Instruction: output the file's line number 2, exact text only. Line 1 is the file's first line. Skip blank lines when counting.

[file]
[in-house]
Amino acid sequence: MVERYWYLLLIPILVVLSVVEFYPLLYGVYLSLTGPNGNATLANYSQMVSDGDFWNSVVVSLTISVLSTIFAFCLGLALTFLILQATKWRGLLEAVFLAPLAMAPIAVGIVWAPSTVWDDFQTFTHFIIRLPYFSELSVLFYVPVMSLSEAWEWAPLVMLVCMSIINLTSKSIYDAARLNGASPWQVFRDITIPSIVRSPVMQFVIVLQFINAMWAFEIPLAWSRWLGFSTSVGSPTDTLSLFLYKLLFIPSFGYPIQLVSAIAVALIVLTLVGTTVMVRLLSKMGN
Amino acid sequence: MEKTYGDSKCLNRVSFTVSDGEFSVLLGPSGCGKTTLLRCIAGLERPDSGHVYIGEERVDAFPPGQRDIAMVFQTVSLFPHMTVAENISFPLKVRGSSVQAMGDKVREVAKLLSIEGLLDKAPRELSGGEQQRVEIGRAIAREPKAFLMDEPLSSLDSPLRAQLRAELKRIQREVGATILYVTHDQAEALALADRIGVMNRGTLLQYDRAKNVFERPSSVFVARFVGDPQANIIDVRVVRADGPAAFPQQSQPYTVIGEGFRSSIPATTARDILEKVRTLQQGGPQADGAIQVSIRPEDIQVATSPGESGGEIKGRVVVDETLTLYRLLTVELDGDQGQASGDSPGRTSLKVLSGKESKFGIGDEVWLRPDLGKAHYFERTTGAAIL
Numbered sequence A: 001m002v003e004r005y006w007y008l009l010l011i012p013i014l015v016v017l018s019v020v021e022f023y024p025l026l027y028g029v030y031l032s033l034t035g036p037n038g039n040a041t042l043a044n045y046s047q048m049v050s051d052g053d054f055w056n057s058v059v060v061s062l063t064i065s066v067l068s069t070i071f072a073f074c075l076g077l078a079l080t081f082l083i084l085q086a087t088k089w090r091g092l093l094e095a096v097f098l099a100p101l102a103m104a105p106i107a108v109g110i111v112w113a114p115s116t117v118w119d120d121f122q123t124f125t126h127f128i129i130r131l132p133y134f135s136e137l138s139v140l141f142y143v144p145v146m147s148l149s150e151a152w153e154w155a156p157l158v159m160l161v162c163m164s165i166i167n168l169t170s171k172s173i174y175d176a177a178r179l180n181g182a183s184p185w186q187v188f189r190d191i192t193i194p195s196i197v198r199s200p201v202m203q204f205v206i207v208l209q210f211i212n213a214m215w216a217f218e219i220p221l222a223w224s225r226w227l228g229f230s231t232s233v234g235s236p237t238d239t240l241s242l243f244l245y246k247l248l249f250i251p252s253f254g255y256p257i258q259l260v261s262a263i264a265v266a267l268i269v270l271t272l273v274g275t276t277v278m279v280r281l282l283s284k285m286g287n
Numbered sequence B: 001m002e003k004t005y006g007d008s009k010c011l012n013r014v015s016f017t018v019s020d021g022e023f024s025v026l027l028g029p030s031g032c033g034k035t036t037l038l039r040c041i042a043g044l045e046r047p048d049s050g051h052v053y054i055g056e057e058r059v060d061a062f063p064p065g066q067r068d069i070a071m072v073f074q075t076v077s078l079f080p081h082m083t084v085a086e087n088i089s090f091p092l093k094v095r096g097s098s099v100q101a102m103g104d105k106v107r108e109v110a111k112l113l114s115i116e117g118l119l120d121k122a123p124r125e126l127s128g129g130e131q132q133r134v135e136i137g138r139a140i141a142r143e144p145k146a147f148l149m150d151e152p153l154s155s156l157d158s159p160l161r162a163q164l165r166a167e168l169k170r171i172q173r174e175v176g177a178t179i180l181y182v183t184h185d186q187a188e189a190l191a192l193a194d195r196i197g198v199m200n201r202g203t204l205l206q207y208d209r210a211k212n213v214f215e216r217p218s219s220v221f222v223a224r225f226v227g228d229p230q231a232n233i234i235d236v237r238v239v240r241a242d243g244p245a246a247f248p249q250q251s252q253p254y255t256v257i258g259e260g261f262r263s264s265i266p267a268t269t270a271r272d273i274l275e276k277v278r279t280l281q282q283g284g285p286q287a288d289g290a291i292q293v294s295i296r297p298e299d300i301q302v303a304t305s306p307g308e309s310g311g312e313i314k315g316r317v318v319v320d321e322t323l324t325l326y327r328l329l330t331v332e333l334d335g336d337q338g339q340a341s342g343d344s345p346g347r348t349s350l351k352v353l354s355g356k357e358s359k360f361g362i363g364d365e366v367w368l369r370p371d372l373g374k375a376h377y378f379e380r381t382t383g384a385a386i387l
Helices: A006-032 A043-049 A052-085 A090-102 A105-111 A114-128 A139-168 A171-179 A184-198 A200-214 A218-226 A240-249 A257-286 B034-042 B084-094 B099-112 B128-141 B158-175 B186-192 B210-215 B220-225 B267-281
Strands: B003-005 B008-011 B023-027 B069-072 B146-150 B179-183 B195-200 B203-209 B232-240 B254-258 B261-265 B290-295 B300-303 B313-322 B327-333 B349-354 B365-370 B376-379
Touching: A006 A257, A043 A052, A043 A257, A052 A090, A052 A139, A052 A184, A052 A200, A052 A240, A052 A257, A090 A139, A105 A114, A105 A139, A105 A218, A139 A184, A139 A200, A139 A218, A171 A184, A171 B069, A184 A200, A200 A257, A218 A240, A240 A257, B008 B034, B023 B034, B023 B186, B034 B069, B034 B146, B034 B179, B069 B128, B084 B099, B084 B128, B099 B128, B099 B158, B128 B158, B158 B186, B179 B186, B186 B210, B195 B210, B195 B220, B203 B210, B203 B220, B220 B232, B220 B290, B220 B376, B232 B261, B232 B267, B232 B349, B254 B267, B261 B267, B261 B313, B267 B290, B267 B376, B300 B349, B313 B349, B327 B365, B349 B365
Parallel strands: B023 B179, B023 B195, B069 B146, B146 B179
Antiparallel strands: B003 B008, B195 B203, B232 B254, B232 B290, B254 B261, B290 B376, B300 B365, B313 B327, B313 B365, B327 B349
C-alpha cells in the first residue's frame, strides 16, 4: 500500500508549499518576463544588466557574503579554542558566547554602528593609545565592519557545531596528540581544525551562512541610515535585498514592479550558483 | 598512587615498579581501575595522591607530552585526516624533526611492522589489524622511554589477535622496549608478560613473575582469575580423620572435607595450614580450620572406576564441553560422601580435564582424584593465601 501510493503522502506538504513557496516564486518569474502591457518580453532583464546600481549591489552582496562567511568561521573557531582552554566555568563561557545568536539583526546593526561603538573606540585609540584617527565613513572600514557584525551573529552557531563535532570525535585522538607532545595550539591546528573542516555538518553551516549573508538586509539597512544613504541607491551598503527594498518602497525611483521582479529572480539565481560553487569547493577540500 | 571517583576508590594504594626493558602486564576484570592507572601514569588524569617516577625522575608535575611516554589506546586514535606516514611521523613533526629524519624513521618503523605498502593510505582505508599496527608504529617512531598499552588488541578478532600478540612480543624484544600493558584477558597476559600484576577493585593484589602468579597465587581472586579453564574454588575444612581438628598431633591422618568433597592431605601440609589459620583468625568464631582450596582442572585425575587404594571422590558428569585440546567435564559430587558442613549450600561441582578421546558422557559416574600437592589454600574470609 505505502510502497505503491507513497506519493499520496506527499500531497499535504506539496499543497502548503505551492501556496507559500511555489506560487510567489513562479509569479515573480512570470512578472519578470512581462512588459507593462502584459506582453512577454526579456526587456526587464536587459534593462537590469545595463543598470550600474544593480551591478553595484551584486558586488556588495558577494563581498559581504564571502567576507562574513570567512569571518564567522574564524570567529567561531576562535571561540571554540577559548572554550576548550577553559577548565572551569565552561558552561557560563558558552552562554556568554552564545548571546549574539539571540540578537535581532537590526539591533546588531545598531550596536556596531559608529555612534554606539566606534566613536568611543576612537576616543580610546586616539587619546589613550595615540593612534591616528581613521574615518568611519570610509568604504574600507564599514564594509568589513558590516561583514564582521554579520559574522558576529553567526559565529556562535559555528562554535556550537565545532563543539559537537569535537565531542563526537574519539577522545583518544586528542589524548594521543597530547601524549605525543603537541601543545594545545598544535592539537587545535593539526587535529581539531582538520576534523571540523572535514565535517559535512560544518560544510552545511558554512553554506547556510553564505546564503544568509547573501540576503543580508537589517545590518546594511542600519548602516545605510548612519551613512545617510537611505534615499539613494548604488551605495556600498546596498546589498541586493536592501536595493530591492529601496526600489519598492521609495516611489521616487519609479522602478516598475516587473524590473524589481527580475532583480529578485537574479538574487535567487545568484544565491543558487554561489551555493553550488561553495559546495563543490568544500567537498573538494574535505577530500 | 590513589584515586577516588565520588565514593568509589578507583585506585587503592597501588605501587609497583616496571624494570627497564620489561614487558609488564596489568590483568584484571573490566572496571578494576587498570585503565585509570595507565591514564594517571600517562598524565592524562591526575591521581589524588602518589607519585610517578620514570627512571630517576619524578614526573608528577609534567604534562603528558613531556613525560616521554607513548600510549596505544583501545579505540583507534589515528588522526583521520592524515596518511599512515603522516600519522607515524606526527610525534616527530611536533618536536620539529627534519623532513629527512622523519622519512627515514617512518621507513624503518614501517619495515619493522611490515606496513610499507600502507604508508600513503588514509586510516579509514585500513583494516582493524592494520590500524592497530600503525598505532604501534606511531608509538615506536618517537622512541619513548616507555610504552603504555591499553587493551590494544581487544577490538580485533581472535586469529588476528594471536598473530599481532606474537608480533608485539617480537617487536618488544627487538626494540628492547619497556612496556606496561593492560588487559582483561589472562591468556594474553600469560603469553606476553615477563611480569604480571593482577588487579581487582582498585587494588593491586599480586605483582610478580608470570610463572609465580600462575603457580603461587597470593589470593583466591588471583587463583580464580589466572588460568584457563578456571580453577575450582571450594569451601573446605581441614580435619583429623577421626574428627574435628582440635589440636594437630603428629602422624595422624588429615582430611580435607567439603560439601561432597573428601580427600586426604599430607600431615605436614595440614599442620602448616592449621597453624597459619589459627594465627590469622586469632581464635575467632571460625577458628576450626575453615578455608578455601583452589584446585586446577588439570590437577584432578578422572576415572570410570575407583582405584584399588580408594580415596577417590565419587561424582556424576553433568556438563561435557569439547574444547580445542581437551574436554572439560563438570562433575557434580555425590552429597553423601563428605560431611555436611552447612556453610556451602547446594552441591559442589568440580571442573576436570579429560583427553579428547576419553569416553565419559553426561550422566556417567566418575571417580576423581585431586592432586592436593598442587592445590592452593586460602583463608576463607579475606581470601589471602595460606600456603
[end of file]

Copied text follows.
Amino acid sequence: MVERYWYLLLIPILVVLSVVEFYPLLYGVYLSLTGPNGNATLANYSQMVSDGDFWNSVVVSLTISVLSTIFAFCLGLALTFLILQATKWRGLLEAVFLAPLAMAPIAVGIVWAPSTVWDDFQTFTHFIIRLPYFSELSVLFYVPVMSLSEAWEWAPLVMLVCMSIINLTSKSIYDAARLNGASPWQVFRDITIPSIVRSPVMQFVIVLQFINAMWAFEIPLAWSRWLGFSTSVGSPTDTLSLFLYKLLFIPSFGYPIQLVSAIAVALIVLTLVGTTVMVRLLSKMGN